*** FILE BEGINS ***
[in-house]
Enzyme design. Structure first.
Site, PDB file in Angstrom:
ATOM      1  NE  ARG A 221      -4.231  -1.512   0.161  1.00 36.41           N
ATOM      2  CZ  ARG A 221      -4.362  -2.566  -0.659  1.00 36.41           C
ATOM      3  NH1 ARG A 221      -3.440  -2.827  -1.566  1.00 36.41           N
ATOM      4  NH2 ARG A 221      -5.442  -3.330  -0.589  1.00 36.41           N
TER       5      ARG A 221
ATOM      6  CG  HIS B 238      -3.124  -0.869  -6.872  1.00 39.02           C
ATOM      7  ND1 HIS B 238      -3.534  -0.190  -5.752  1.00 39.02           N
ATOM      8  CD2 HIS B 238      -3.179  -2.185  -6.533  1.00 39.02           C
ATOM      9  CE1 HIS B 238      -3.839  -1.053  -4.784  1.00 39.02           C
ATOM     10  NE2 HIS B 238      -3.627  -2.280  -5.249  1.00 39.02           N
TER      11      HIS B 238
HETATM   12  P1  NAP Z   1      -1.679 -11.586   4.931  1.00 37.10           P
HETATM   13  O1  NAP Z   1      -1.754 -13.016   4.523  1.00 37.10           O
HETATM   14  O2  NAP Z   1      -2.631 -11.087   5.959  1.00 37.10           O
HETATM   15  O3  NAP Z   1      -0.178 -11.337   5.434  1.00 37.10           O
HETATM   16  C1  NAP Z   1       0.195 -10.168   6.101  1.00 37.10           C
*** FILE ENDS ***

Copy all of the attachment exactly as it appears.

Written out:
[in-house]
Enzyme design. Structure first.
Site, PDB file in Angstrom:
ATOM      1  NE  ARG A 221      -4.231  -1.512   0.161  1.00 36.41           N
ATOM      2  CZ  ARG A 221      -4.362  -2.566  -0.659  1.00 36.41           C
ATOM      3  NH1 ARG A 221      -3.440  -2.827  -1.566  1.00 36.41           N
ATOM      4  NH2 ARG A 221      -5.442  -3.330  -0.589  1.00 36.41           N
TER       5      ARG A 221
ATOM      6  CG  HIS B 238      -3.124  -0.869  -6.872  1.00 39.02           C
ATOM      7  ND1 HIS B 238      -3.534  -0.190  -5.752  1.00 39.02           N
ATOM      8  CD2 HIS B 238      -3.179  -2.185  -6.533  1.00 39.02           C
ATOM      9  CE1 HIS B 238      -3.839  -1.053  -4.784  1.00 39.02           C
ATOM     10  NE2 HIS B 238      -3.627  -2.280  -5.249  1.00 39.02           N
TER      11      HIS B 238
HETATM   12  P1  NAP Z   1      -1.679 -11.586   4.931  1.00 37.10           P
HETATM   13  O1  NAP Z   1      -1.754 -13.016   4.523  1.00 37.10           O
HETATM   14  O2  NAP Z   1      -2.631 -11.087   5.959  1.00 37.10           O
HETATM   15  O3  NAP Z   1      -0.178 -11.337   5.434  1.00 37.10           O
HETATM   16  C1  NAP Z   1       0.195 -10.168   6.101  1.00 37.10           C